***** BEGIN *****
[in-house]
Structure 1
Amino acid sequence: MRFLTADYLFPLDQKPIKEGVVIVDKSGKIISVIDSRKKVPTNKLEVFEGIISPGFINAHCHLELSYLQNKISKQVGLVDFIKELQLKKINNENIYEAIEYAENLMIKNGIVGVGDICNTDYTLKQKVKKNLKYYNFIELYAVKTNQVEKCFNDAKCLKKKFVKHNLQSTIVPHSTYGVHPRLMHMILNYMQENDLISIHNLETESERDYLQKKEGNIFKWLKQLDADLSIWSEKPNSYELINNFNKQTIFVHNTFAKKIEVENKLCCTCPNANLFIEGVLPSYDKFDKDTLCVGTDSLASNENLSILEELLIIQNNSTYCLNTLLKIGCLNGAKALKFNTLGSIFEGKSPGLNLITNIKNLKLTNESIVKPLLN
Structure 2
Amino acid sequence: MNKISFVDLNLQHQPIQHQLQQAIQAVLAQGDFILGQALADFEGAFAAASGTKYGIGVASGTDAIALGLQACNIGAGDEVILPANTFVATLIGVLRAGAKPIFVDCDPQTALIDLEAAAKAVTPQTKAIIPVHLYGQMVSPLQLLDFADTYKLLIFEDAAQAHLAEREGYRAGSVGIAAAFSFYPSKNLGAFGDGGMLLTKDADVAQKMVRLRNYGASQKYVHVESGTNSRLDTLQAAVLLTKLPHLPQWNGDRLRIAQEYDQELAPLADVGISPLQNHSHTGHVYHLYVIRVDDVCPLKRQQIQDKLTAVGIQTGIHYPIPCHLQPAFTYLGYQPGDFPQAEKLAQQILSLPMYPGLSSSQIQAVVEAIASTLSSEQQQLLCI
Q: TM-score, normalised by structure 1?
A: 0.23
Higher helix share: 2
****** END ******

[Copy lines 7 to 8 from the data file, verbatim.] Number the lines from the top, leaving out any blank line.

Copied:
A: 0.23
Higher helix share: 2